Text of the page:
Women in business and the search for funding

Ma Su Whin Wha reckoned she needed a mentor if her business was ever going to get off the ground.

She’s a budding entrepreneur, looking to open a coffee shop with a literary bent. She’s worked through the business plan and received training on the nuances of being a small business owner, but that’s not enough – the project needs funding, or it will only ever be a dream.

There’s a burgeoning coffee-sipping scene in Yangon, and Ma Su Whin Wha said she thinks her shop will be set apart by containing a wide array of books for patrons to read while at the shop. Still, without attracting financing, she will never succeed.

To find that mentor that can help her develop her ideas into a pitch-worthy concept, she is participating in a local project designed to foster woman-run businesses.

Ma Su Whin Wha is one of about 20 women participating in Project W, a Yangon startup incubator run created Partnership for Change, the Kavli Fondet and Project Hub Yangon. The project aims to put the women entrepreneurs with an idea through business training, at the end producing viable business plans that are ready for funding.

“I’m about 60 percent on the way to implementing my ideas,” she said. “The training has given me self-confidence and good new ideas.”

Through mentorship provided by the project, she has found gaps in her knowledge of the food and beverage industry, and will be working with a foreign-owned coffee shop to learn more about what it takes to be successful.

Still, that is no guarantee her coffee shop will get off the ground.

Ma Su Whin Wha will have to make her pitch to potential investors at the project’s end. Some of the entrepreneurs could receive financing from investors connected through the program, while others will need to explore outside funding and other projects may not need much capital initially.

It’s this phase that Ma Su Whin Wha said she is most worried about. However, Project W has already helped her find a potential partner.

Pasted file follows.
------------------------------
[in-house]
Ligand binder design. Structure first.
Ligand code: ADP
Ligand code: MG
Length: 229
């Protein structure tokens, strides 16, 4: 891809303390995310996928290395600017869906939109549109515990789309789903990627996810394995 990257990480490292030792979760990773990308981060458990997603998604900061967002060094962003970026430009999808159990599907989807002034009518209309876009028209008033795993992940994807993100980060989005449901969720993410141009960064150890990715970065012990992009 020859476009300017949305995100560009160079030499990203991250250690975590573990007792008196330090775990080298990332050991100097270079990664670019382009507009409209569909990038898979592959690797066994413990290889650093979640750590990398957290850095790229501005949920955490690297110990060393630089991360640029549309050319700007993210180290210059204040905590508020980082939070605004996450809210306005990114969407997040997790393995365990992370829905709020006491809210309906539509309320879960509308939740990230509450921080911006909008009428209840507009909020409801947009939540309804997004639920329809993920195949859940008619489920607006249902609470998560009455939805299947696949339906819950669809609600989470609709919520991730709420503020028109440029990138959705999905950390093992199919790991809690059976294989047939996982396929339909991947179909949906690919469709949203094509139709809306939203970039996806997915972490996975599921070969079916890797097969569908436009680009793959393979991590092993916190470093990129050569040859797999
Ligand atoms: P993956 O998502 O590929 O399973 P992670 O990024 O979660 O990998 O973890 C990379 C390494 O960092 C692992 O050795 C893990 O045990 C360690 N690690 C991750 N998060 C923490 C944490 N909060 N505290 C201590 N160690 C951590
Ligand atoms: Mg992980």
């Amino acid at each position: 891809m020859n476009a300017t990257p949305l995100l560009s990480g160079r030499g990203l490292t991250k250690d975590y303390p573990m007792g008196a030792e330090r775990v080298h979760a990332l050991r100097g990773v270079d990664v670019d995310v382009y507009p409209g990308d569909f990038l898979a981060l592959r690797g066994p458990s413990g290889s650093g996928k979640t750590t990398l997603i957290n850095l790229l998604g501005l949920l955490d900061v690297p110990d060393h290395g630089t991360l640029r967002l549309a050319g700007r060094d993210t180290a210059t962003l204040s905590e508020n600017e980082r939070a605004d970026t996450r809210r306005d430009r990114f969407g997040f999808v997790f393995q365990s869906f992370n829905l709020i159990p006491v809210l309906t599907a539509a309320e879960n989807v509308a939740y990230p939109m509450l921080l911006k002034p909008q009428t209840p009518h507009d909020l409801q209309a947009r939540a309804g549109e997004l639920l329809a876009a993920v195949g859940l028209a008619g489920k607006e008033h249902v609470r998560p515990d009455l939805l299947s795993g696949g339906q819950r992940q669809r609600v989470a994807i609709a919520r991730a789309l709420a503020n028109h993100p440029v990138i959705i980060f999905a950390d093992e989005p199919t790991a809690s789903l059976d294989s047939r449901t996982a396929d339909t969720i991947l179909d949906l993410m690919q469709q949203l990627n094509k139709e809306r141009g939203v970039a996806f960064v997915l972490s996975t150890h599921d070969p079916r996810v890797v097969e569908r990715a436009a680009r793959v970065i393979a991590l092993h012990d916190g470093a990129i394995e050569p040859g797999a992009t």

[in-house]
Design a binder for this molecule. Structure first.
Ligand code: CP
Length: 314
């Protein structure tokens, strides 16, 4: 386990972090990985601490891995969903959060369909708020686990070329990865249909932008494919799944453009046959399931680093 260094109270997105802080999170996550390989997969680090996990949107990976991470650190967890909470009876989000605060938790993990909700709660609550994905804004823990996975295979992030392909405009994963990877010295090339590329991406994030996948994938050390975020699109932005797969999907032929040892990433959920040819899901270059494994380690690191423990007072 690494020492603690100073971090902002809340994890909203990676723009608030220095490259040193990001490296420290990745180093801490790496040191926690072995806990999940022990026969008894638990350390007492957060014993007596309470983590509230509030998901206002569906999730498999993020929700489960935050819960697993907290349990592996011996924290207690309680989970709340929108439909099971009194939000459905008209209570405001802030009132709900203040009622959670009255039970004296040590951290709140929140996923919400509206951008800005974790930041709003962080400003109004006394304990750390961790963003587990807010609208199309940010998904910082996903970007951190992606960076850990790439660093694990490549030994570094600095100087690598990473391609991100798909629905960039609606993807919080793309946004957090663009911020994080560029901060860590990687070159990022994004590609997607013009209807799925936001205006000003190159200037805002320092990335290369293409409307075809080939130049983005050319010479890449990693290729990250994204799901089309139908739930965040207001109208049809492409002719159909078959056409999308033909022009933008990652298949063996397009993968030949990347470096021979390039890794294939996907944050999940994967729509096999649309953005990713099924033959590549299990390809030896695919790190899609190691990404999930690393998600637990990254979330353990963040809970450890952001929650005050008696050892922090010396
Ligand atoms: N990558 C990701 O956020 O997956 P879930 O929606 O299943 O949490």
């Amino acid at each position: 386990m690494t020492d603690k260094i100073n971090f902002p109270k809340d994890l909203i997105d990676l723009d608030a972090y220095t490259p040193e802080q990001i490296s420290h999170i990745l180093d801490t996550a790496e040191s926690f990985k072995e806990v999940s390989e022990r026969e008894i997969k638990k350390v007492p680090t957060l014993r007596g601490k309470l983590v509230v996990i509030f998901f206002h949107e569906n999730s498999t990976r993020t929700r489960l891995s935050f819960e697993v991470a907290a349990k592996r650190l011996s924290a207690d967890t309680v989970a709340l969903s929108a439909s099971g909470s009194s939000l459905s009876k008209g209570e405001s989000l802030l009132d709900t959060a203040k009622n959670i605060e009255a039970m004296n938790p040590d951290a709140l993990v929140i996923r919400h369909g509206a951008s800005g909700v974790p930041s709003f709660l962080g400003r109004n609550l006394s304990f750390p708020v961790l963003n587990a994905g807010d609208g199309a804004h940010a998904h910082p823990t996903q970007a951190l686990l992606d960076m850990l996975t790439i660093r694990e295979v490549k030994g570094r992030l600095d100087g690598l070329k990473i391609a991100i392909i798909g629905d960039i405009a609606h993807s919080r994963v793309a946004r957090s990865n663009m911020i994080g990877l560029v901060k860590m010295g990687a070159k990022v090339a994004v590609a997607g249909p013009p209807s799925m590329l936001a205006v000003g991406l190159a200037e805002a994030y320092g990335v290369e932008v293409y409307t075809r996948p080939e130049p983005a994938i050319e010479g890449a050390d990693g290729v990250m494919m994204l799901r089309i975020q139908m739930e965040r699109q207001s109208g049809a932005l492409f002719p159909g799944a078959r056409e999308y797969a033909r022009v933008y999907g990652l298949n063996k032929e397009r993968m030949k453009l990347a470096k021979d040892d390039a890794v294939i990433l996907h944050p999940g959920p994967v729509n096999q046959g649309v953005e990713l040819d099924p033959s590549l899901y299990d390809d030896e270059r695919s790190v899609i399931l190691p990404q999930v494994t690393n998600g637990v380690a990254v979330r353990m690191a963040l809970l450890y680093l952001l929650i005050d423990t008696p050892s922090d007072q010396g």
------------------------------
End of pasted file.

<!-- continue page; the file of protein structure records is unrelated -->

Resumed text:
While she is still discussing the terms of an agreement, she said she is hopeful about the idea’s future prospects.

Another entrepreneur is 21-year-old Ma Su Wai Yee. She studied in the United States, before she came back to Yangon. She is now the chief executive of Cici and HiQ International Trading Company. She’s keen to get into fashion design, targeting women between 20 and 35 years old.

With a family background in management in the garment sector, she has some knowledge of clothing manufacture. What she said she was missing was business knowledge – how to transform her dream into a profitable entity.

Ma Su Wai Yee has been working on a daily plan of what she needs to do to launch her business, skills she wouldn’t have had unless she’d participated.

“There is a chance for women to start a business, even if they have the ability and talent but don’t know how to start,” she said.

Allison Morris, co-founder of Project Hub, which is one of Project W’s organisers, said its goal to build strong women entrepreneurs and encourage their interest in the field.

It can be difficult in Myanmar to promote women entrepreneurs, as they face specific challenges like social pressures to be home at a certain point in the evening. But on the whole, women have plenty of potential to be strong entrepreneurs.

“We will make stronger and more confident women,” said Ms Morris.


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